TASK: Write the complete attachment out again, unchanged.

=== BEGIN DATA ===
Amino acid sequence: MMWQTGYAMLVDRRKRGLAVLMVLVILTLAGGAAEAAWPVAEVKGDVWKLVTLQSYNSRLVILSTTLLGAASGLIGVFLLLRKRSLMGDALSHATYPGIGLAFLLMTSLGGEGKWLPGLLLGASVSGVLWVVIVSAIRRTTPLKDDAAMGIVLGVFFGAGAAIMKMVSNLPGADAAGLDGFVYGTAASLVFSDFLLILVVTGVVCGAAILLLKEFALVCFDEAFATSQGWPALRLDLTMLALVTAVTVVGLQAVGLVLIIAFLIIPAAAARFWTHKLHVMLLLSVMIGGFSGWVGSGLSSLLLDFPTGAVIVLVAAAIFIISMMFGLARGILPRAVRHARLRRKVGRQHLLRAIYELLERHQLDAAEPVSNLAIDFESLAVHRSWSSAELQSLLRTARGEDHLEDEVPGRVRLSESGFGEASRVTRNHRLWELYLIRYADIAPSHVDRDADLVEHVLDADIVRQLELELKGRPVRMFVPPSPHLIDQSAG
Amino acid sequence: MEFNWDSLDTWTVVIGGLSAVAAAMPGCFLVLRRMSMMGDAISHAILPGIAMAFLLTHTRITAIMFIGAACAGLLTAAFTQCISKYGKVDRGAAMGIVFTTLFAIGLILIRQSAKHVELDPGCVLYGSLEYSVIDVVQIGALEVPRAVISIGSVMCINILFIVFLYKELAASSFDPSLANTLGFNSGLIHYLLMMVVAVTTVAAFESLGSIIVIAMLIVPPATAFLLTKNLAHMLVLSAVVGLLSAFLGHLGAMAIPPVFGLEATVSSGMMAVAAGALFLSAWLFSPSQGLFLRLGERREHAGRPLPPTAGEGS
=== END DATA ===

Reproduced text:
Amino acid sequence: MMWQTGYAMLVDRRKRGLAVLMVLVILTLAGGAAEAAWPVAEVKGDVWKLVTLQSYNSRLVILSTTLLGAASGLIGVFLLLRKRSLMGDALSHATYPGIGLAFLLMTSLGGEGKWLPGLLLGASVSGVLWVVIVSAIRRTTPLKDDAAMGIVLGVFFGAGAAIMKMVSNLPGADAAGLDGFVYGTAASLVFSDFLLILVVTGVVCGAAILLLKEFALVCFDEAFATSQGWPALRLDLTMLALVTAVTVVGLQAVGLVLIIAFLIIPAAAARFWTHKLHVMLLLSVMIGGFSGWVGSGLSSLLLDFPTGAVIVLVAAAIFIISMMFGLARGILPRAVRHARLRRKVGRQHLLRAIYELLERHQLDAAEPVSNLAIDFESLAVHRSWSSAELQSLLRTARGEDHLEDEVPGRVRLSESGFGEASRVTRNHRLWELYLIRYADIAPSHVDRDADLVEHVLDADIVRQLELELKGRPVRMFVPPSPHLIDQSAG
Amino acid sequence: MEFNWDSLDTWTVVIGGLSAVAAAMPGCFLVLRRMSMMGDAISHAILPGIAMAFLLTHTRITAIMFIGAACAGLLTAAFTQCISKYGKVDRGAAMGIVFTTLFAIGLILIRQSAKHVELDPGCVLYGSLEYSVIDVVQIGALEVPRAVISIGSVMCINILFIVFLYKELAASSFDPSLANTLGFNSGLIHYLLMMVVAVTTVAAFESLGSIIVIAMLIVPPATAFLLTKNLAHMLVLSAVVGLLSAFLGHLGAMAIPPVFGLEATVSSGMMAVAAGALFLSAWLFSPSQGLFLRLGERREHAGRPLPPTAGEGS